RIA consolidation could put $2.4 trillion in play over next decade

Some argue the numbers are inflated because they don't factor in advisers 'dying with their boots on'

Nov 18, 2019 @ 2:11 pm

By Jeff Benjamin

The aging financial adviser demographic is expected to put $1.6 trillion worth of client assets in play over the next five to 10 years, according to research from Cerulli Associates.

The Boston-based consulting firm counts $2.4 trillion in client assets as the total addressable market for potential registered investment adviser acquisitions over the next 10 years and cites the lack of succession planning as driving the bulk of the activity.

"Succession planning resources are decentralized in the independent channel, meaning the largest, well-capitalized RIAs are best positioned to match advisers to a like-minded successor, help navigate the process and provide capital to fund the transition," said Marina Shtyrkov, a research analyst at Cerulli.

Cerulli's research shows that more than 80% of advisers currently affiliated with an RIA consolidator view it as a succession strategy.

Cerulli gets to the total of $2.4 trillion worth of client assets in motion by including an anticipated $469 billion worth of breakaway broker accounts and $348 billion worth of assets from "growth-challenged" RIAs.

"The economics for internal succession are improving, but the industry desperately needs [first-generation advisers] to start putting succession plans in place," said David DeVoe, managing director of DeVoe & Co., a firm that tracks data showing M&A activity in the RIA space hitting new records every quarter.

"Cerulli is spot-on with their thesis, and their data seems directionally accurate," Mr. DeVoe added.

But even in an industry where the average practitioner is 58 years old and only about 30% have established formal business succession plans, not everyone sees a succession plan emergency on the horizon.

"Most advisers are self-employed solo practices, which pays pretty darn well, particularly if you've been doing it for 20 or 30 years," said Michael Kitces, partner and director of wealth management at Pinnacle Advisory Group and co-founder of XY Planning Network.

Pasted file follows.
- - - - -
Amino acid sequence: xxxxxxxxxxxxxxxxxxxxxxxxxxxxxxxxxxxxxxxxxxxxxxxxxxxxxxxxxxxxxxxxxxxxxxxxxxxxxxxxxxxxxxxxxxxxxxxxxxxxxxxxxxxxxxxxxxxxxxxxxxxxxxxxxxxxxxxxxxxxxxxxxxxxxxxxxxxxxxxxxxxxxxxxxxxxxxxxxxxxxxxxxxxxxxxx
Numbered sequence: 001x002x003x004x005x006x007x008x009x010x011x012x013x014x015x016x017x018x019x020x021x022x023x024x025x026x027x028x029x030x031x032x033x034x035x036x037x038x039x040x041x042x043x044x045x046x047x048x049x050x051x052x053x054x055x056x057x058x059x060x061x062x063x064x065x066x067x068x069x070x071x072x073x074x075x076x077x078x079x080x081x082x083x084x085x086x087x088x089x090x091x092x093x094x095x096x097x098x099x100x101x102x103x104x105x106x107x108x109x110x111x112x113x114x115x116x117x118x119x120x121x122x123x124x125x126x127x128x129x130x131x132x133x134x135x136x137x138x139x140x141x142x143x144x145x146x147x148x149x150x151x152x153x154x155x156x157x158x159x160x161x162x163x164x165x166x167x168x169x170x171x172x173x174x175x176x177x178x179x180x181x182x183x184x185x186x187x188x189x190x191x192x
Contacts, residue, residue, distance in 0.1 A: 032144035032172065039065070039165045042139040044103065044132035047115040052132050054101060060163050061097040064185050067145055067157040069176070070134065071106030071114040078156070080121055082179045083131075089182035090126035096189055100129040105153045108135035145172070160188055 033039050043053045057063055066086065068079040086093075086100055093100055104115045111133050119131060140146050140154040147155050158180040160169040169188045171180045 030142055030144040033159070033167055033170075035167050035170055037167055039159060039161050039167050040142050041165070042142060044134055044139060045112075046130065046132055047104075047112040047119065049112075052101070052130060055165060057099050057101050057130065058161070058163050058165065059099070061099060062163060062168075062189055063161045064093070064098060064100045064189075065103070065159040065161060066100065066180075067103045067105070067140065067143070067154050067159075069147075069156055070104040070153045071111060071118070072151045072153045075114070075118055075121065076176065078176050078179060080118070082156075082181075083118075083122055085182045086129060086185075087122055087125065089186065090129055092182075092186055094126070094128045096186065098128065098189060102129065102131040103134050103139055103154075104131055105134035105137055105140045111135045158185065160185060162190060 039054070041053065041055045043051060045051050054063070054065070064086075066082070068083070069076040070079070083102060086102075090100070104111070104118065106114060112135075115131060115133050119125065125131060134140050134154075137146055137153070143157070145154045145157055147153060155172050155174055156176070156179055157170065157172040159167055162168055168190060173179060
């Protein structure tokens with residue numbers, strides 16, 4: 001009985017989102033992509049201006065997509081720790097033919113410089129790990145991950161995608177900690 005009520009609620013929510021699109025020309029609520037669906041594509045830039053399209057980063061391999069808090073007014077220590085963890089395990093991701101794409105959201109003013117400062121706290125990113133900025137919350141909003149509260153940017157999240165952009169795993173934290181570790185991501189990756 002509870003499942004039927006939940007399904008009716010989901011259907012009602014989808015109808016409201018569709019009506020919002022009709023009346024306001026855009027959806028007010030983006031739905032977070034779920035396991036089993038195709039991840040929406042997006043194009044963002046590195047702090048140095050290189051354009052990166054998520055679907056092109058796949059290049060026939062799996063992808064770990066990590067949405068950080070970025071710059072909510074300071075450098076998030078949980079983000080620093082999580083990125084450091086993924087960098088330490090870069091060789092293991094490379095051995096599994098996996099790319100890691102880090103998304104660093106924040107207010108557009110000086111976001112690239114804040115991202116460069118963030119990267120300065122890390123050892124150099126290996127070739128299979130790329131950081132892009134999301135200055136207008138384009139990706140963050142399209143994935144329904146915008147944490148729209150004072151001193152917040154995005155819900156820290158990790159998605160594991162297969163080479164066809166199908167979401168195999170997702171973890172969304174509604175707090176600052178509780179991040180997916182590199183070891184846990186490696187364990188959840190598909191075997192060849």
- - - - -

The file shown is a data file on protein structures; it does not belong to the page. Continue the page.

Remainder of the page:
Mr. Kitces said the life of a veteran solo practitioner with a small RIA usually doesn't require a lot of effort related to organic growth, and "client servicing usually involves a lot of nice lunches and some golf."

"They're probably making a couple hundred thousand a year," he added. "Why on earth would you sell that? Why would you want to sell that?"

Mr. Kitces is not alone in pushing back on the popular argument that the aging adviser demographic will produce a tsunami of RIA consolidation.

"I don't think anyone really wants to sell their firm, but sales are driven by things like the regulation, valuations, the stock market and the health of the owner," said Jason Van Duyn, president of AQuest Wealth Strategies, a $300 million firm that has acquired seven small advisory practices over the past three years.

[Recommended video: Michael Kitces: Why smaller RIAs aren't for sale]

Like Mr. Kitces, Mr. Van Duyn cites the basic math demonstrating that a sole practitioner with $30 million in client assets can be netting about $160,000 per year.

"The valuation to sell is probably two times revenue, but for someone who is 67 and in decent shape, the job isn't killing them," he said. "They're basically working part-time for $160,000."

Mr. Van Duyn said he met recently with a 90-year-old adviser to discuss buying the advisory practice that his wife now must drive him to because he can no longer drive.

"He said he doesn't know when he wants to retire, but probably within the next few years," Mr. Van Duyn said. "He's 90 and he can't commit to a retirement date."

Mr. Kitces said the advisory business is like the legal profession, in that professionals can keep working as long as their mind is clear. "A lot of people essentially die with their boots on," he said.

"Someone will pay you maybe two times your revenue, but if you can make as much money by keeping it for three more years as you would for selling it, and then you can still sell it three years later, you tend to just stick around for three more years," Mr. Kitces said. "Then three years later you do the math and it's the same math."

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